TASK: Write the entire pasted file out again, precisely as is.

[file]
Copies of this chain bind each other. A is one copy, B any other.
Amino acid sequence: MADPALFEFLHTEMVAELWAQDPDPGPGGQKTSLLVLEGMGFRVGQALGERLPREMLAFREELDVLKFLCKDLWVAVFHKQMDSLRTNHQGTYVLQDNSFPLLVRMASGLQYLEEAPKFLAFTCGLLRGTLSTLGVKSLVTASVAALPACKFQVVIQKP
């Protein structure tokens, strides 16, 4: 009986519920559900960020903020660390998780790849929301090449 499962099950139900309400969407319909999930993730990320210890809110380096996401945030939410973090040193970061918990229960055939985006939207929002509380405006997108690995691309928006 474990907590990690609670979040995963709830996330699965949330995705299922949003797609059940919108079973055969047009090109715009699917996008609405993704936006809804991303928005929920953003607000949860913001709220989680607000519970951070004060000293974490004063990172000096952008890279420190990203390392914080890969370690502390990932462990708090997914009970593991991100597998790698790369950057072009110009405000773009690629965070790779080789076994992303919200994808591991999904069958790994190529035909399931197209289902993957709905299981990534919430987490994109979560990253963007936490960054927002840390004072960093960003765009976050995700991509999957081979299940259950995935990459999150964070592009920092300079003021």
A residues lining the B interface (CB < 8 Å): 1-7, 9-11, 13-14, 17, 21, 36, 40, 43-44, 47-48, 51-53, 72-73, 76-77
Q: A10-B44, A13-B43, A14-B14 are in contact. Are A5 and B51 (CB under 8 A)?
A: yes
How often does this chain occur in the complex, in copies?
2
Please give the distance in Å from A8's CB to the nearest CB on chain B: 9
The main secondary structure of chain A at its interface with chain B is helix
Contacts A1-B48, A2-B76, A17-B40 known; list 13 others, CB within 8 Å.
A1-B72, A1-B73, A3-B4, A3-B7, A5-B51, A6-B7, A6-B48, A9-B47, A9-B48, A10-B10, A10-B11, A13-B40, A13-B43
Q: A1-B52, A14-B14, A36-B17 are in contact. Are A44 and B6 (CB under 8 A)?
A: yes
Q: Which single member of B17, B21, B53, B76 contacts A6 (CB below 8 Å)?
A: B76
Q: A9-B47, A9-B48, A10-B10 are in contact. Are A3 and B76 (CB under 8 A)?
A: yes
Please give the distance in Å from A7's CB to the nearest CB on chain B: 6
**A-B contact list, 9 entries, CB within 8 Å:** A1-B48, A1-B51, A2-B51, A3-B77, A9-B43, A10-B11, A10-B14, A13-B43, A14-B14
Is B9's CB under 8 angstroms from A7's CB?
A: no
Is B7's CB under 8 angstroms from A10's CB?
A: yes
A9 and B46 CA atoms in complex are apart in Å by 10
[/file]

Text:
Copies of this chain bind each other. A is one copy, B any other.
Amino acid sequence: MADPALFEFLHTEMVAELWAQDPDPGPGGQKTSLLVLEGMGFRVGQALGERLPREMLAFREELDVLKFLCKDLWVAVFHKQMDSLRTNHQGTYVLQDNSFPLLVRMASGLQYLEEAPKFLAFTCGLLRGTLSTLGVKSLVTASVAALPACKFQVVIQKP
């Protein structure tokens, strides 16, 4: 009986519920559900960020903020660390998780790849929301090449 499962099950139900309400969407319909999930993730990320210890809110380096996401945030939410973090040193970061918990229960055939985006939207929002509380405006997108690995691309928006 474990907590990690609670979040995963709830996330699965949330995705299922949003797609059940919108079973055969047009090109715009699917996008609405993704936006809804991303928005929920953003607000949860913001709220989680607000519970951070004060000293974490004063990172000096952008890279420190990203390392914080890969370690502390990932462990708090997914009970593991991100597998790698790369950057072009110009405000773009690629965070790779080789076994992303919200994808591991999904069958790994190529035909399931197209289902993957709905299981990534919430987490994109979560990253963007936490960054927002840390004072960093960003765009976050995700991509999957081979299940259950995935990459999150964070592009920092300079003021």
A residues lining the B interface (CB < 8 Å): 1-7, 9-11, 13-14, 17, 21, 36, 40, 43-44, 47-48, 51-53, 72-73, 76-77
Q: A10-B44, A13-B43, A14-B14 are in contact. Are A5 and B51 (CB under 8 A)?
A: yes
How often does this chain occur in the complex, in copies?
2
Please give the distance in Å from A8's CB to the nearest CB on chain B: 9
The main secondary structure of chain A at its interface with chain B is helix
Contacts A1-B48, A2-B76, A17-B40 known; list 13 others, CB within 8 Å.
A1-B72, A1-B73, A3-B4, A3-B7, A5-B51, A6-B7, A6-B48, A9-B47, A9-B48, A10-B10, A10-B11, A13-B40, A13-B43
Q: A1-B52, A14-B14, A36-B17 are in contact. Are A44 and B6 (CB under 8 A)?
A: yes
Q: Which single member of B17, B21, B53, B76 contacts A6 (CB below 8 Å)?
A: B76
Q: A9-B47, A9-B48, A10-B10 are in contact. Are A3 and B76 (CB under 8 A)?
A: yes
Please give the distance in Å from A7's CB to the nearest CB on chain B: 6
**A-B contact list, 9 entries, CB within 8 Å:** A1-B48, A1-B51, A2-B51, A3-B77, A9-B43, A10-B11, A10-B14, A13-B43, A14-B14
Is B9's CB under 8 angstroms from A7's CB?
A: no
Is B7's CB under 8 angstroms from A10's CB?
A: yes
A9 and B46 CA atoms in complex are apart in Å by 10